This is part three of a five part blog series to explore InnoDB internals by looking at the related tunable system variables. In part 2 we covered variables that had the greatest impact on the file structure of InnoDB as well as how data is written to logs. In this section we will continue looking at I/O but more specifically looking at the mechanics on how data gets written to table files as well as how background threads read from them.
Pythian is proud to be a Silver Sponsor once again at the Cassandra Summit in San Jose, Sept. 7-9, 2016. We anticipate an exciting show with the increase in adoption of Cassandra, and high demand for NoSQL talent.
style="font-weight: 400;">With the market demanding faster, higher quality release cycles at the lowest possible cost, the very nature of software development is changing — shifting from complex, monolithic code bases to easily consumable and rapidly deployable microservices.
This is part two of a five part blog series to explore InnoDB internals by looking at the related tunable system variables. In part one we covered variables that had the greatest impact on memory, and in this instalment we will cover the variables that have the greatest impact on the file structure of InnoDB as well as how data is written to logs, which can have a large impact on transaction commit overhead.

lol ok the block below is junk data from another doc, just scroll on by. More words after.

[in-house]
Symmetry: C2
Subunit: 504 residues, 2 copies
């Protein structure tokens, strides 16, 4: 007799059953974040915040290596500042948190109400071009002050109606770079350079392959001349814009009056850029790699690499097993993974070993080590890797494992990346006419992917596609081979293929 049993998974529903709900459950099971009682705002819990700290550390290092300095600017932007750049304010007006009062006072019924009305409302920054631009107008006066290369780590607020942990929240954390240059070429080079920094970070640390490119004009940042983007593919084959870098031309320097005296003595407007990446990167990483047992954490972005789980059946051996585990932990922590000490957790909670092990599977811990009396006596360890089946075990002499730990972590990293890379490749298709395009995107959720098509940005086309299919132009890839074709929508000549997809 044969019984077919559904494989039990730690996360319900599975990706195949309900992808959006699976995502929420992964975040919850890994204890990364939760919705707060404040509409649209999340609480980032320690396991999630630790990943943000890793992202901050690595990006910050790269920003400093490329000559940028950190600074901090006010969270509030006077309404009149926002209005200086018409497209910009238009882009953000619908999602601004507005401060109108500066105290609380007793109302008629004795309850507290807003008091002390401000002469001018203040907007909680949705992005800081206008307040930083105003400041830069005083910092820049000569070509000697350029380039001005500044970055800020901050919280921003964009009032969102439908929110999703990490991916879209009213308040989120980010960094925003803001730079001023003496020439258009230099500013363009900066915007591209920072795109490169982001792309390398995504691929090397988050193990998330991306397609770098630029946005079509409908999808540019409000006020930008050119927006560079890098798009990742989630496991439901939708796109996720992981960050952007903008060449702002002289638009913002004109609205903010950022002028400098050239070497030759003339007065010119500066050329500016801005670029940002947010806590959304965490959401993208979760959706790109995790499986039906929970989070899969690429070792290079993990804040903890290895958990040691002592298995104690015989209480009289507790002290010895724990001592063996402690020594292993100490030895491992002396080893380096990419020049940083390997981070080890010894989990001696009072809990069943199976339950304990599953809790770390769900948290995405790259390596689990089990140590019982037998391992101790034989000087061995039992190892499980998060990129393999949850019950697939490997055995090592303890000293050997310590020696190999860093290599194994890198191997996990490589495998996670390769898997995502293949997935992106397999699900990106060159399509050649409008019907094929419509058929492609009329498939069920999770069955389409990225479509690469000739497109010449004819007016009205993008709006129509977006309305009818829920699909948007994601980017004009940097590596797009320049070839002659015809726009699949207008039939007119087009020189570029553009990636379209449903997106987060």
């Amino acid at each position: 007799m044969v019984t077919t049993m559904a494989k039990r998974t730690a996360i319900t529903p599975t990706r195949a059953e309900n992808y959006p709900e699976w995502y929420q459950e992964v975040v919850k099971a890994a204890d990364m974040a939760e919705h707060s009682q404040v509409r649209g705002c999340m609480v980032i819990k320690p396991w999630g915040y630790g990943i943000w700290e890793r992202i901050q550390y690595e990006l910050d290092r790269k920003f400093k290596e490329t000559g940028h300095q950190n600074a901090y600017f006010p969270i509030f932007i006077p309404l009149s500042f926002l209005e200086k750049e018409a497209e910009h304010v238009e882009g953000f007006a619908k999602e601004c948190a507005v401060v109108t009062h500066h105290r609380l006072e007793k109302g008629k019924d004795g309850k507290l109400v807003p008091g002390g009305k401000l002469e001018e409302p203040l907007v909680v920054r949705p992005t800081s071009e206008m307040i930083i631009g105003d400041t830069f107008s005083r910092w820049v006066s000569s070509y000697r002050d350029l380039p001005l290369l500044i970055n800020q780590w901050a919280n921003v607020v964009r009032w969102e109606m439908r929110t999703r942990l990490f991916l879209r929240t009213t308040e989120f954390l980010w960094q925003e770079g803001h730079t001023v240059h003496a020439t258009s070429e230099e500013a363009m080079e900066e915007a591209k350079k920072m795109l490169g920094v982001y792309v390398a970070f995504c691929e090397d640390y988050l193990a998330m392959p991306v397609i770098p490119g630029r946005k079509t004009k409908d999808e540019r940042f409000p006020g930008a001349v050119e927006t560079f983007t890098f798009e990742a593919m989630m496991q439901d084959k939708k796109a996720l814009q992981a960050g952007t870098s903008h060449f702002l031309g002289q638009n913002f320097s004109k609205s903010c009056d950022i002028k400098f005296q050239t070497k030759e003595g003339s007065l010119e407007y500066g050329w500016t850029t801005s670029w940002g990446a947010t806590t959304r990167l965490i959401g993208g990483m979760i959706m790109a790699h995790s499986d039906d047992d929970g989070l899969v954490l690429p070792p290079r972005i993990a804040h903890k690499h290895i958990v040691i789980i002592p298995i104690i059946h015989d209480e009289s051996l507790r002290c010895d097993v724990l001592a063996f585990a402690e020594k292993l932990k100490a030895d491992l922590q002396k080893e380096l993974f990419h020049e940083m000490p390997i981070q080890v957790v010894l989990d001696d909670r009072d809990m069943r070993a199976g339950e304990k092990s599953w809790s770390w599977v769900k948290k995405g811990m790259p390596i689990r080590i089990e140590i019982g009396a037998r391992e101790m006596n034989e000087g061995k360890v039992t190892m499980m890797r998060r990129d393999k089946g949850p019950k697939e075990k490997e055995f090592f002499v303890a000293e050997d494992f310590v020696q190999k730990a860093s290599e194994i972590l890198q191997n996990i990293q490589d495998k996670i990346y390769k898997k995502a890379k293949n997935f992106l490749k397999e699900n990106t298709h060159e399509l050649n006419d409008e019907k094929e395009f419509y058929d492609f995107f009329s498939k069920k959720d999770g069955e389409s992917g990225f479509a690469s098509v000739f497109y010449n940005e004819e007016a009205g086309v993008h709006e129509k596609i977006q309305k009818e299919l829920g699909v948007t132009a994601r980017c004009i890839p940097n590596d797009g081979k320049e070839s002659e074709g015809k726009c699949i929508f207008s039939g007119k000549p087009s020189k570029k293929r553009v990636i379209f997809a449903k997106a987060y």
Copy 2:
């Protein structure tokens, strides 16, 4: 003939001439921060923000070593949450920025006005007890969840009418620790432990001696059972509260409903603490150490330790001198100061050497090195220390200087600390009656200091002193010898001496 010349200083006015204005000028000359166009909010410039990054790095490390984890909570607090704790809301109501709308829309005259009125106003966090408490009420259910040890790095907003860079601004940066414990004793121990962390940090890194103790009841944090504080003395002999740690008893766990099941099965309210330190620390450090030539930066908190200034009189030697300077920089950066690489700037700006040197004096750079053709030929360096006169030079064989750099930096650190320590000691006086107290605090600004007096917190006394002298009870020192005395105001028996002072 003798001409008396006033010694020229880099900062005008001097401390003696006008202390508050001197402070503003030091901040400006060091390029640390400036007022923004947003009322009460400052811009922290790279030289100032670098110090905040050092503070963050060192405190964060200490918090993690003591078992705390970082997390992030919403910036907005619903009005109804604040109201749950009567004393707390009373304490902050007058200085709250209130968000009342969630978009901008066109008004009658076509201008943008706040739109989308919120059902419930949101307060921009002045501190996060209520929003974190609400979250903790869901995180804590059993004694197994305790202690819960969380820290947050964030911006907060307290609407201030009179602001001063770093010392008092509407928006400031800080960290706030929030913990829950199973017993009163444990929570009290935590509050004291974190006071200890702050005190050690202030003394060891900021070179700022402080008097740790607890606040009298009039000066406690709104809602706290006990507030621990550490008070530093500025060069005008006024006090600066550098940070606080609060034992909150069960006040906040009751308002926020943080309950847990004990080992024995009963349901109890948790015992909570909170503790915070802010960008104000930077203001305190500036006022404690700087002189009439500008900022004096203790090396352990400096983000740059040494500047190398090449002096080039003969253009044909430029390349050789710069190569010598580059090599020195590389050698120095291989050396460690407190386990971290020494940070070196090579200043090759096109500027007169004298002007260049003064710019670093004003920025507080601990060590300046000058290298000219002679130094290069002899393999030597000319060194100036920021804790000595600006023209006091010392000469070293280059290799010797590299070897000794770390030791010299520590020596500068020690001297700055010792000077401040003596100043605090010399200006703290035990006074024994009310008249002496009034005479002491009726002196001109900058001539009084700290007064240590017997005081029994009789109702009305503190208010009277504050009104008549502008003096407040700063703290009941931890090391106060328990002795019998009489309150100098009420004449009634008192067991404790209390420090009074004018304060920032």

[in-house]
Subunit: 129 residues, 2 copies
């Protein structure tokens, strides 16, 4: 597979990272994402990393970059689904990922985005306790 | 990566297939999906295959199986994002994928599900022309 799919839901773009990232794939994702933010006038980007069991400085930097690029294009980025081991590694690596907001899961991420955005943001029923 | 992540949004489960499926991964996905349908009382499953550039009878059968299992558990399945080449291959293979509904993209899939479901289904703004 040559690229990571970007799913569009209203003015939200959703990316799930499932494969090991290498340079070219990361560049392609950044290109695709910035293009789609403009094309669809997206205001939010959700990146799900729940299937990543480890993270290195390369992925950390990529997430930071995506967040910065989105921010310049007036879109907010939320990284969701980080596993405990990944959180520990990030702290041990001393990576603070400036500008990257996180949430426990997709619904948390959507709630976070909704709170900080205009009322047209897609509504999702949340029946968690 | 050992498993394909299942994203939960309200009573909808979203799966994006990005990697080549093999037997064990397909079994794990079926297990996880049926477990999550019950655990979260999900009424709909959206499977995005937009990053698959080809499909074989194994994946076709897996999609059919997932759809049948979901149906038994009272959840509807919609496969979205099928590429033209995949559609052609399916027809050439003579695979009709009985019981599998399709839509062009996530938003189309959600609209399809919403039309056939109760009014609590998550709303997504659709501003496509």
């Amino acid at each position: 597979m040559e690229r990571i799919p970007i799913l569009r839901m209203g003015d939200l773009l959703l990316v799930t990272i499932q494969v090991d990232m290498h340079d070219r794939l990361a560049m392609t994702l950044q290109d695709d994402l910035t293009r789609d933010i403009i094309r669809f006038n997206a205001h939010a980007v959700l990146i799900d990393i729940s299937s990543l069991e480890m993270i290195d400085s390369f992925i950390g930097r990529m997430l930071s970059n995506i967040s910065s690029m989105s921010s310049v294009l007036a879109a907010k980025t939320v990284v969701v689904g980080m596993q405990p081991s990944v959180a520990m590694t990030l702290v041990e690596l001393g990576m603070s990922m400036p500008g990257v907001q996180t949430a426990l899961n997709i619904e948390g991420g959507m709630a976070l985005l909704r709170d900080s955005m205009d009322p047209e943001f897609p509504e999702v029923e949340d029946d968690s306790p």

This blog post is centered on All-Flash Array(AFA) technology. I mostly work with EMC XtremIO but the majority of my points will be relevant for any AFA. I’ll specifically call out an array that doesn’t fit any of the value propositions / methods I’m writing about in this post.
Here is another example (besides the fact that Adaptive Cursor Sharing only gets evaluated during a PARSE call (still valid in 12c) and supports a maximum of 14 bind variables) I've recently come across at a client site where the default implementation of Adaptive Cursor Sharing fails to create a more suitable execution plan for different bind variable values.Broken down to a bare minimum the query was sometimes executed using non-existing values for a particular bind variable, but other times